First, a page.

Frequently Asked Questions
In each congregation that has existed long enough to become fully organised, there is a plurality of elders overseeing the affairs of the church (Acts 20:17, 28). These men are selected by the local congregation based on the qualifications set forth in the scriptures (I Timothy 3:1-7). The elders are shepherds or overseers who serve under the headship of Christ according to the New Testament (1 Peter 5:4).
Serving under the oversight of elders are deacons (1 Timothy 3:8-13) and evangelists (2 Timothy 4:5). They do not have authority equal to or superior to the elders.
The original autographs of the sixty six books that make up the Bible are considered to have been divinely inspired (2 Timothy 3:16-17), which means that they are infallible and authoritative (John 10:35).
The Bible is the absolute standard and the final authority in matters of faith, both in teaching and practice (Colossians 3:17). It will be the standard of judgement at the Second Coming of Christ (John 12:48). There is no human creed that we follow
He is the Christ. The King who God himself had promised to send, who would put everything right by setting up a kingdom of justice and love. He is also the Son of God who entered the world as a human being.
Jesus proved who he was by what he did. He healed people. He calmed storms. He raised the dead. By doing these things, the King was giving a glimpse of life in his kingdom. A perfect place, with no suffering, fear or death. It’s the kind of world we desire to live in.
In the salvation of man’s soul there are two necessary parts: God’s part and man’s part. God’s part is the big part: “For by grace are ye saved through faith; and that not of yourselves: it is the gift of God: Not of works, lest any man should boast.” (Ephesians 2:8-9). The love that God felt for man led him to send Christ to the world to redeem man. The life and teachings of Jesus, the sacrifice on the cross, and the proclaiming of the gospel to man constitute God’s part in salvation.
Though God’s part is the big part, man’s part is also necessary if man is to reach heaven. Man must comply with the conditions of pardon that the Lord has given. Man’s part is clearly set forth in the following steps:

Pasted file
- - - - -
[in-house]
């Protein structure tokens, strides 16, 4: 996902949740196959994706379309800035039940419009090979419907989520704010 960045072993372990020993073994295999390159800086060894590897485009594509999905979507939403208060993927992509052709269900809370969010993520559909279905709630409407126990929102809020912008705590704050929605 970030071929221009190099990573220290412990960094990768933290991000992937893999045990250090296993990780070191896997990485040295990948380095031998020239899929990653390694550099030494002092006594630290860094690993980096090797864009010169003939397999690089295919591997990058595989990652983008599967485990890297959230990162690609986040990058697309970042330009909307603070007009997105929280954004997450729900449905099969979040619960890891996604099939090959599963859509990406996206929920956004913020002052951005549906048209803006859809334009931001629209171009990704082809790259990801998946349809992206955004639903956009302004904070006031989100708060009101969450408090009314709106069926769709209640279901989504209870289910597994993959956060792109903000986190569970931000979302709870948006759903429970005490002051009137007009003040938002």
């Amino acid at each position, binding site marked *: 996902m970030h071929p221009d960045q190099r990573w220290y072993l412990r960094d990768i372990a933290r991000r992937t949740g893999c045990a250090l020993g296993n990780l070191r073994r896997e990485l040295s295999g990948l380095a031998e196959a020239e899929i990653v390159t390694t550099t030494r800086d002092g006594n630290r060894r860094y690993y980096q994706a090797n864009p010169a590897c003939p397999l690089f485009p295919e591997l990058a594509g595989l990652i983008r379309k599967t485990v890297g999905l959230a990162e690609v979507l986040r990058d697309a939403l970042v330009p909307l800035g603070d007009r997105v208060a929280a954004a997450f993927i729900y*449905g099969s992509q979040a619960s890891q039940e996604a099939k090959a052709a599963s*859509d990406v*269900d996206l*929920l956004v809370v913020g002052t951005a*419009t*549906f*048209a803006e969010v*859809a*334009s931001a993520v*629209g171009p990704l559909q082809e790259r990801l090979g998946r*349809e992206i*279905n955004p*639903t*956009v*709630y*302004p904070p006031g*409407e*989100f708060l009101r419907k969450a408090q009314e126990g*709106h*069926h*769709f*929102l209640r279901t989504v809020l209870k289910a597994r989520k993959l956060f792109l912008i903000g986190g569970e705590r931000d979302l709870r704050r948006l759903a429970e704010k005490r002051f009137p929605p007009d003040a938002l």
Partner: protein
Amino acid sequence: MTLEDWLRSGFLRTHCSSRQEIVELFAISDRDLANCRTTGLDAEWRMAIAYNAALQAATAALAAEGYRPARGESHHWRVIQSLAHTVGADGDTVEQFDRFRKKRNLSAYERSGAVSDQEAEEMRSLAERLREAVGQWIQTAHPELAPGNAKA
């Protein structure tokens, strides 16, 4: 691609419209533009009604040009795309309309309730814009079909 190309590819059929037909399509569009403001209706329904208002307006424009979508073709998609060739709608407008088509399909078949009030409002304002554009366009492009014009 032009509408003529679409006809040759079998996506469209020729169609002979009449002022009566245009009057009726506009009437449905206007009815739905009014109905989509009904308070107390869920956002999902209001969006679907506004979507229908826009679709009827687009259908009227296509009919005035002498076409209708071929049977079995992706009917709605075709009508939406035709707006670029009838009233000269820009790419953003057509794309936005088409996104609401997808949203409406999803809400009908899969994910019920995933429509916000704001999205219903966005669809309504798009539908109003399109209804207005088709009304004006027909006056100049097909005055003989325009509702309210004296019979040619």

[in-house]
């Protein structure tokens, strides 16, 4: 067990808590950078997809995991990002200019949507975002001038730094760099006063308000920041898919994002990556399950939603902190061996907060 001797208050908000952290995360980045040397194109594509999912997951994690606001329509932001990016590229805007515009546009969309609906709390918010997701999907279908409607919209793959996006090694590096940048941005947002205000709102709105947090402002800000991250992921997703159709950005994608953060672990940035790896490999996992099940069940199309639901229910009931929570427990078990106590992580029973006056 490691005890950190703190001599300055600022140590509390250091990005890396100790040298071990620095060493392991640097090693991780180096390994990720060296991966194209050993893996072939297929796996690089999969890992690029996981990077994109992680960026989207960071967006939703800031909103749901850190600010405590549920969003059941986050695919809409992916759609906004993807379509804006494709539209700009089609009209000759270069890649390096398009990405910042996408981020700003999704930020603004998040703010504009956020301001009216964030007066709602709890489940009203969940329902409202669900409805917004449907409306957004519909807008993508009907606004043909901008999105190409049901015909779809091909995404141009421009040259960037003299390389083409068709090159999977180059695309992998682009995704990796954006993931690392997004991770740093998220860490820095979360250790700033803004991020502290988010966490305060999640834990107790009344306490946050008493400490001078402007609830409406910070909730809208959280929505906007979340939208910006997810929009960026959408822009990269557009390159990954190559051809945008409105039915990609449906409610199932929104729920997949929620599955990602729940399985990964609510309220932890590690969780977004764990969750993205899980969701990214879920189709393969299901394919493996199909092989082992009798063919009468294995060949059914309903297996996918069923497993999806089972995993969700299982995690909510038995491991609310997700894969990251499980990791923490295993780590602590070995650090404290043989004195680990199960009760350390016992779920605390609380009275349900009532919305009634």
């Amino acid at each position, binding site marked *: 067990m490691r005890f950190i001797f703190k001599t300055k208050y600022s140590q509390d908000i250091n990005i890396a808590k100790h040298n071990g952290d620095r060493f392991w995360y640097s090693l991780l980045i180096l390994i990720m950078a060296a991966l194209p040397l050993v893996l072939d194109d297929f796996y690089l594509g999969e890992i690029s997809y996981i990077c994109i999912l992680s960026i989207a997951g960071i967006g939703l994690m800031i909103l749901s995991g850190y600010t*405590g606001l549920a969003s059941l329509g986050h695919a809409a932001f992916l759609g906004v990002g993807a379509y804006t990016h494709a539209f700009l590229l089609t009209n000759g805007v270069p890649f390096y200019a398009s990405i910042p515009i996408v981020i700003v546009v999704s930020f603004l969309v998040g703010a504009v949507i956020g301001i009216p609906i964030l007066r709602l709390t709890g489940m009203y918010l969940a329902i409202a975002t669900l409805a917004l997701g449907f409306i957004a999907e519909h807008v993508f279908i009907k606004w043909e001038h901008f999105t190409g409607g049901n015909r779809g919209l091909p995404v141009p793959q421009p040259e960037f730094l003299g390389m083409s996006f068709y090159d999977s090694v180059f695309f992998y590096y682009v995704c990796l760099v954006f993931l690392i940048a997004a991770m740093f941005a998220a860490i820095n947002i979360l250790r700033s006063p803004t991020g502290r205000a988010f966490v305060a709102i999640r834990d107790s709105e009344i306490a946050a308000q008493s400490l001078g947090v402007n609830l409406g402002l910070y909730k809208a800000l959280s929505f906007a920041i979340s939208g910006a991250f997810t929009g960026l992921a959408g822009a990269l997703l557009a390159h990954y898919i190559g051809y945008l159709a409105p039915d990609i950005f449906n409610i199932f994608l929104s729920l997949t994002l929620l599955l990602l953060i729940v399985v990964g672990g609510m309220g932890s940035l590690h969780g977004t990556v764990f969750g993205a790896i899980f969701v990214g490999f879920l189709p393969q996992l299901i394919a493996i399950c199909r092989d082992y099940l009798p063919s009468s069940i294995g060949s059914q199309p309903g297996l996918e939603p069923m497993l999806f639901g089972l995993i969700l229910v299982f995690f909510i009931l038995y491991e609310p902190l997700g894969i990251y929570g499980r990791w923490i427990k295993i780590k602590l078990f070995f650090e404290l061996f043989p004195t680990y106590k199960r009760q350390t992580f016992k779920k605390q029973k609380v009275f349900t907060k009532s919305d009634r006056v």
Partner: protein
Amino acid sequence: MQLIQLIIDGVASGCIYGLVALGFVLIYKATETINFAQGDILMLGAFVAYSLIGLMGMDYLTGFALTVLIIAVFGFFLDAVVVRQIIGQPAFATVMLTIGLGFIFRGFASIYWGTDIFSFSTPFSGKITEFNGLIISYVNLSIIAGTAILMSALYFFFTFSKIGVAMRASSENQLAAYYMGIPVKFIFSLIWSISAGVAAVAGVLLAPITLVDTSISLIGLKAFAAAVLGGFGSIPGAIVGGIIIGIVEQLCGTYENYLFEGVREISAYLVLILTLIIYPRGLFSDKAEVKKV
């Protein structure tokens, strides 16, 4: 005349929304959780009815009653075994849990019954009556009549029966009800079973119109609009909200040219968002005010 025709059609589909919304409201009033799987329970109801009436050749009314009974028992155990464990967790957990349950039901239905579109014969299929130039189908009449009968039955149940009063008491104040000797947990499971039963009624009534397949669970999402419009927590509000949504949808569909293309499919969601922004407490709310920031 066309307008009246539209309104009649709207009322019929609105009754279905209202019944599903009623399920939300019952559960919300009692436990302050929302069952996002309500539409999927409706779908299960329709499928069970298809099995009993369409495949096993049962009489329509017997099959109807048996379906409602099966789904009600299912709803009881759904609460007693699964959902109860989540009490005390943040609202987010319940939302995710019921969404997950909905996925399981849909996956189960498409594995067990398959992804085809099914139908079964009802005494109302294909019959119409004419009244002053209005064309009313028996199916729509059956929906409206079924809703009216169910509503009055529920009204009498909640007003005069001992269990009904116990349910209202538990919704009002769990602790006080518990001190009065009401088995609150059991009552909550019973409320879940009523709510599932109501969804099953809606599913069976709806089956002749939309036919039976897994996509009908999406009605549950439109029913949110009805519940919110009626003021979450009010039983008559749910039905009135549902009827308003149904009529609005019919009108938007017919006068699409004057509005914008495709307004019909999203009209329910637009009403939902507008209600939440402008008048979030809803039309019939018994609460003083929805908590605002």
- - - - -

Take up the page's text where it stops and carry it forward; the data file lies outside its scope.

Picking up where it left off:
Hear the Gospel
“How shall they call on him whom they have not believed? and how shall they believe him whom they have not heard? and how shall they hear without a preacher?” – Romans 10:14
“And without faith it is impossible to be well pleasing unto him; for he that cometh to God must believe that he is, and that he is a rewarder of them that seek after him” – Hebrews 11:6
“The times of ignorance therefore God overlooked; but now he commandeth men that they should all everywhere repent” – Acts 17:30
Confess Jesus is Lord
“Behold here is water; What doth hinder me to be baptized ? And Philip said, if thou believeth with all thy heart thou mayest. And he answered and said, I believe that Jesus Christ is the Son of God” – Acts 8:36-37
“And Peter said unto them, Repent ye, and be baptized everyone of you in the name of Jesus Christ unto the remission of your sins and ye shall receive the gift of the Holy Spirit” – Acts 2:38
Live A Christian Life
“Ye are an elect race, a royal priesthood, a holy nation, a people for God’s own possession, that ye may show forth the excellencies of him who called you out of darkness into his marvelous light” – 1 Peter 2:9
The Bible says that after death every man must come before God in judgement, and he will be judged according to the deeds done while he lived (Hebrews 9:27). After judgement is pronounced, he will spend eternity either in heaven or hell (Mat 25:46).
The word baptise comes from the Greek word ‘baptizo’ and literally means ‘to dip, to immerse, to plunge’. Immersion was also the practice of the church in apostolic times (Acts 8:38-39). Only immersion conforms to the description of baptism as given by the apostle Paul in Romans 6:3-5, where he speaks of it as a burial and resurrection.
No. Only those who have reached the age of accountability are suitable candidates for baptism. Before one can be baptised, he must first hear the Gospel (Acts 11:14), believe the Gospel (Mark 16:15-16), repent of his sins (Acts 17:30-31), and confess Jesus before men (Matthew 10:32-33). Infants cannot do any of these, so they are not suitable candidates for baptism. In fact, infants do not need to be baptised as they are already in a safe state (Mathew 19:14).
The New Testament only authorises vocal singing in worship, which is what the church practises (Ephesians 5:19; Hebrews 13:15). A capella singing was also the practice of the church in apostolic times. To introduce mechanical instruments of music in worship is to go beyond what is written in the Word of God (1 Corinthians 4:6).
The Bible teaches in Acts 20:7 that Christians are to assemble on the first day of the week to partake of the Lord’s Supper. Therefore, the Lord’s Supper is to be taken every first day of the week (Sunday).